Pictures of "Examples with Stories" for different Teat/Udder Structures
The following pictures are examples of teats and udders from our herd. This will
describe what we believe are good and not so good structures. It also describes characteristics
we watch for or cull out. We no longer try to follow the ABGA standards because they
have become too "show" focused and little to no emphases on trying to breed for better
"Meat Goats" with high productivity, long longevity, and require minimum management.
We will breed for what we believe are the best characteristics for our vision of
the premier meat goat in the US.
Single Teats per Side - This is very clean looking teats on a doe kidding for her
first time. Many breeders like this because it is very clean and if they breed bucks
with single teats to does with single teats, hopefully the offspring will also have
single teats and avoid complications of other teats, blank teats, split teats or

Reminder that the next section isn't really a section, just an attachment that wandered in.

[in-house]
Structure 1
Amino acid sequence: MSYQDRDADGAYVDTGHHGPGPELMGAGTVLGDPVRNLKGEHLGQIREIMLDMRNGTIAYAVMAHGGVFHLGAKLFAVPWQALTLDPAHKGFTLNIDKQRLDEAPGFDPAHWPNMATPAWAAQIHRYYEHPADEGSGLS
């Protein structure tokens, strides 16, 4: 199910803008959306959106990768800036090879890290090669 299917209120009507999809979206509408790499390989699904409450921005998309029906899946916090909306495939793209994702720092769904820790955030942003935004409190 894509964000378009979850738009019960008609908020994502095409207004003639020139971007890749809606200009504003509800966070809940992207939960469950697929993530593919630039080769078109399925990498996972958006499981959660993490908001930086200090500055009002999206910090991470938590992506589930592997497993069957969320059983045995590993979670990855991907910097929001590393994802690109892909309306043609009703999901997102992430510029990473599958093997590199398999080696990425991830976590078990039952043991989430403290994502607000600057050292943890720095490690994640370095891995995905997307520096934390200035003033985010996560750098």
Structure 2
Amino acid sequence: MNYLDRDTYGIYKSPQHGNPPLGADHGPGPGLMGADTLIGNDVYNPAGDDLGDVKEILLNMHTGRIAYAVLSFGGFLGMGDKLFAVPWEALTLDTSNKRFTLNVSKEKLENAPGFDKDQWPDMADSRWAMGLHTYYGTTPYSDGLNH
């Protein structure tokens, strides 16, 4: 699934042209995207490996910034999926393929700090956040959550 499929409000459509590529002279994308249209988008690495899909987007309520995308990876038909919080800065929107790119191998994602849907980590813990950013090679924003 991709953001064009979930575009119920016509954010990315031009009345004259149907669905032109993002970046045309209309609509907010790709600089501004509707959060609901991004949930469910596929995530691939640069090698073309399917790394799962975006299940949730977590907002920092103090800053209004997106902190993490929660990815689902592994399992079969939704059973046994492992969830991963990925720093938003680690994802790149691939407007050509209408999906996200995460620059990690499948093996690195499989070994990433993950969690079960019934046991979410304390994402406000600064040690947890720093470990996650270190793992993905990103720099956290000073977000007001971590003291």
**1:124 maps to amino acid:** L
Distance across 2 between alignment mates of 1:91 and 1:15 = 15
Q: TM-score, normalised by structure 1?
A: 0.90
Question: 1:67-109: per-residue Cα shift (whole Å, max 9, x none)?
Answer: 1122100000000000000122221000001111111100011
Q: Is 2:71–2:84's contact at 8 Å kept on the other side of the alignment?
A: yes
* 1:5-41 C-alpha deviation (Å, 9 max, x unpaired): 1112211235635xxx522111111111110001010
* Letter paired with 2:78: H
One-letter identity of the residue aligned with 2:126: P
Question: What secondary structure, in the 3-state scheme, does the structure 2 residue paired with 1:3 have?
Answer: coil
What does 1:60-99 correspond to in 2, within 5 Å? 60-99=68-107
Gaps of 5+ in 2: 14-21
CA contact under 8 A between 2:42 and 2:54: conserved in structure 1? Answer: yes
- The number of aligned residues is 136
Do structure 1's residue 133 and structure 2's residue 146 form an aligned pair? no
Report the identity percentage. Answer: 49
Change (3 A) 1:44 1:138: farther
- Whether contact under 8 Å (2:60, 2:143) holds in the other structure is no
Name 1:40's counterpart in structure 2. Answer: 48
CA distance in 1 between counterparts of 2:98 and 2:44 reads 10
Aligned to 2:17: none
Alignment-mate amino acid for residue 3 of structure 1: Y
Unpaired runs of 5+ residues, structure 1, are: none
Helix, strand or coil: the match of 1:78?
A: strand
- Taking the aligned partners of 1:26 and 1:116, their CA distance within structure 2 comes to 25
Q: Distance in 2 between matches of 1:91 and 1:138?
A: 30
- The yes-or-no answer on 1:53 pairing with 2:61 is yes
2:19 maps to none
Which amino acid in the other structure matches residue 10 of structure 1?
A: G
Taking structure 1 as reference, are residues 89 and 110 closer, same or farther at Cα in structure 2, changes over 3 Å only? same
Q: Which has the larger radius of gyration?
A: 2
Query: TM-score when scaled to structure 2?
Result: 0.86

fishteats. Some research confirms the probability that the kids will also have single
teats. Notice that the teats are at or above the hock. This gives newborn kids
a better chance of finding the teats quicker. Notice in this example the teats are
pointing almost directly to the ground. The larger the udder, the lower to the
ground the teats will be and harder for the kids to find the teats. We code this
type of teat structure as 1/1.
Udder with Single Teats -This was this doe's first time kidding and she had a small
bag initially. This required us to supplement her twins with additional milk since